Spinal cord injury (SCI) is a serious injury of the central nervous system and up until now there is no evident effective treatment for SCI. Axonal regeneration is the only way to restore functions after serious SCI that interrupt the long tracts mediating motor and sensory function. The hurdles for axonal regeneration in SCI include: glial scar tissue and molecular barriers, the inhibiting microenvironment, and the lack of sufficient neurotrophic support. Therefore, the key point of applying stem cells to treat SCI is to build a microenvironment conducive to the survival and differentiation of stem cells and regulate neurotrophic factor expression. Adult mesenchymal stem cells (MSCs) have been applied in experimental animal models and clinical trials of SCI. Genetic modification of MSCs can increase secretion of peptides or total length proteins with potential to repair SCI and promote survival of themselves and survival or regeneration of neurons. There are many proteins that have been applied to modified MSCs, such as neurotrophic factors (neurotrophin 3, brain-derived neurotrophic factor, glial cell line-derived neurotrophic factor, nerve growth factor, and MNTS1), receptor tyrosine kinases (tropomyosin-related kinase C), and hepatocyte growth factor. In the future, there will be more molecules acting as transgenes in MSCs for treatment of SCI.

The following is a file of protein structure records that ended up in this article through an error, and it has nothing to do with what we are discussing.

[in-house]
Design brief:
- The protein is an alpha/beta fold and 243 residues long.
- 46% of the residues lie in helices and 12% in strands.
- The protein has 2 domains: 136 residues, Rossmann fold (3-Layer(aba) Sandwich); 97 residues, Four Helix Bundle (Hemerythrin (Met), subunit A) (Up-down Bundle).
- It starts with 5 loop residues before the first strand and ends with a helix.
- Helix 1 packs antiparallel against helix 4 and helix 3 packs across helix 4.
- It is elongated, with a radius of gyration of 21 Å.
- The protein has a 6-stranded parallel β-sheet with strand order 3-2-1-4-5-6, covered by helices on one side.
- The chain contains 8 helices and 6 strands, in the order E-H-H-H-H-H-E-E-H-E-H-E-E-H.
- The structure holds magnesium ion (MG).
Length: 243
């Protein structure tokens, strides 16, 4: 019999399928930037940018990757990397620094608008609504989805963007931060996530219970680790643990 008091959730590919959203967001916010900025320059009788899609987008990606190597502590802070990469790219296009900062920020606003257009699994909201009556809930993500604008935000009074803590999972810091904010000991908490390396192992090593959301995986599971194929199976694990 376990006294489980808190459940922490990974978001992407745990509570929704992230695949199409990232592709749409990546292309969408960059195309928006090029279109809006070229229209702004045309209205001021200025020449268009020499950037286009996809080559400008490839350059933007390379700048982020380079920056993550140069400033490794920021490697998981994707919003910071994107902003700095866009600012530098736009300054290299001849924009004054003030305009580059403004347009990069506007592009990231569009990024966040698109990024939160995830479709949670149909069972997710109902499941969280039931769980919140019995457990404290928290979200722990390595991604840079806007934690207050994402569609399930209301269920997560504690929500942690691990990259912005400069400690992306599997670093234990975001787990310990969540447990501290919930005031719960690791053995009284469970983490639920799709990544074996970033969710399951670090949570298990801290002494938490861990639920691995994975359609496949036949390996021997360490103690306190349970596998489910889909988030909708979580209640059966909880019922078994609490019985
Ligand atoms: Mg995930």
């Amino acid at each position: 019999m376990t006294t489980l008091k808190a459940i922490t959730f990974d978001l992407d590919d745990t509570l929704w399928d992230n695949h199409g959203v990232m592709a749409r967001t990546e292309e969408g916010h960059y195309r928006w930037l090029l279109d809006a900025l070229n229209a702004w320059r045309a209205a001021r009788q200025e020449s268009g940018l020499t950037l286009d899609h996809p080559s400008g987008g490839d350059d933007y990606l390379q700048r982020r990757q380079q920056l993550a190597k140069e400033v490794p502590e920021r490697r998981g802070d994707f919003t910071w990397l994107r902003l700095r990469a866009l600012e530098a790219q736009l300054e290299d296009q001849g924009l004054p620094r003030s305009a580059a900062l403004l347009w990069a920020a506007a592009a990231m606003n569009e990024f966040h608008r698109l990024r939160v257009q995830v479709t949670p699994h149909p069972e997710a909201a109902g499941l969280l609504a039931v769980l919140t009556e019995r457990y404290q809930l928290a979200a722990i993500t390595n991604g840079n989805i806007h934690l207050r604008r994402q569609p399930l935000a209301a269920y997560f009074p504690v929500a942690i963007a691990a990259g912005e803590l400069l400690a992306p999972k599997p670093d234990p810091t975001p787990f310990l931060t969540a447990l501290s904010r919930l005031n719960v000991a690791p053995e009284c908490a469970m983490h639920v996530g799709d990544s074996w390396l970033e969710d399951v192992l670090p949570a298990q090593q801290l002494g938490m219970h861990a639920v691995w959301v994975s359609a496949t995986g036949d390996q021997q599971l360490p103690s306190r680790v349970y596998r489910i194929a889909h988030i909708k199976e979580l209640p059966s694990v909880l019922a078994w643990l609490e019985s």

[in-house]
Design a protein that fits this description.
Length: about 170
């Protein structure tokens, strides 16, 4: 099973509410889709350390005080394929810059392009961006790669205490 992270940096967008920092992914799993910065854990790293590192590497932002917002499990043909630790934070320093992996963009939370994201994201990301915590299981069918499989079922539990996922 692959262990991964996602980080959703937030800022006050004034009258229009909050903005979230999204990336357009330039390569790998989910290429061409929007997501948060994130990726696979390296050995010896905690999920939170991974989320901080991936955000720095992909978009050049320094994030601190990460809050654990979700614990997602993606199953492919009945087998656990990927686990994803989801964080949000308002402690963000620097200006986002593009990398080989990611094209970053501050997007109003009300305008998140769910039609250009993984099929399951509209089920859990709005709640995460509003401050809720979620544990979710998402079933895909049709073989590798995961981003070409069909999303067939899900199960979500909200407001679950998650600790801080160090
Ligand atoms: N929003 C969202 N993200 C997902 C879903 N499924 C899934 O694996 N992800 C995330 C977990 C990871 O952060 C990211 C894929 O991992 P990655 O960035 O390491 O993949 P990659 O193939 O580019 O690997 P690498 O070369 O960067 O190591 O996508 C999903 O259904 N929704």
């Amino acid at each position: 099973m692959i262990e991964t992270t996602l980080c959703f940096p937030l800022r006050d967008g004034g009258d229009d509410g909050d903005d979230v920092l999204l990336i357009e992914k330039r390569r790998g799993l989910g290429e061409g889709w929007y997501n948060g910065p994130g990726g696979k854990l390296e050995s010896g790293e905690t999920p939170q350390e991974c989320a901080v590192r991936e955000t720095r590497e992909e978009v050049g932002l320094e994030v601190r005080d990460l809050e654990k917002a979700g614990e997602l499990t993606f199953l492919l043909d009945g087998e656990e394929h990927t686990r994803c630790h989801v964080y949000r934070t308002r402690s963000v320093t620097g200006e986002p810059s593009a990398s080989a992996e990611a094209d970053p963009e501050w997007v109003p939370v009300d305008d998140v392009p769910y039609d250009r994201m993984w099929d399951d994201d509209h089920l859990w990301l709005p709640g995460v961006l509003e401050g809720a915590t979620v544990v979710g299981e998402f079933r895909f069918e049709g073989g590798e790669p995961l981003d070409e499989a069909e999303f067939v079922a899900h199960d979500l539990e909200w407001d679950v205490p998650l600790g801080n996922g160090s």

The plasma membrane presents a remarkable barrier for the delivery of peptide and nucleic acid based drugs to the inside of cells. This restraint in the path of their development as therapeutic agents can be offset by their conjugation to cell penetrating peptides (CPPs) that can lead to an improved pharmacological profile. In this context, conformational behavior of Vimentin Tubulin Binding Site (TBS) peptide, Vim-TBS (58-81), was investigated for its acknowledged cell penetrating properties along with Trans-activating Tat (48-60) peptide and a pro-apoptogenic peptide of p21/WAFI protein (p10). Also, the fusion peptides Vim-TBS (58-81)-p10 & Tat (48-60)-p10 were studied using molecular mechanics (MM) and molecular dynamics (MD) based strategies. MM results revealed formation of stable α-helix like secondary structures in Vim-TBS (58-81), Tat (48-60) and p10 peptides. In water, three peptides adopted either a helical structure or a random conformation; the stability of either of the two states being governed by the formation of polar contacts with the solvent. The fusion peptides formed helical structures after MD simulations but the structure obtained for the fusion peptide, Vim-TBS-p10 is relatively better characterized in terms of its amphipathic nature with a hydrophilic face formed by the positively charged residues facilitating a better interaction of this fusion peptide with the membrane as compared to that of Tat-p10 peptide. This is the first report on the conformational characteristics of the Vim-TBS (58-81) peptide and the fusion peptide, Vim-TBS (58-81)-p10. The results presented here are significant for their potential role in guiding and facilitating the future efforts of designing peptide based cell penetrating drugs.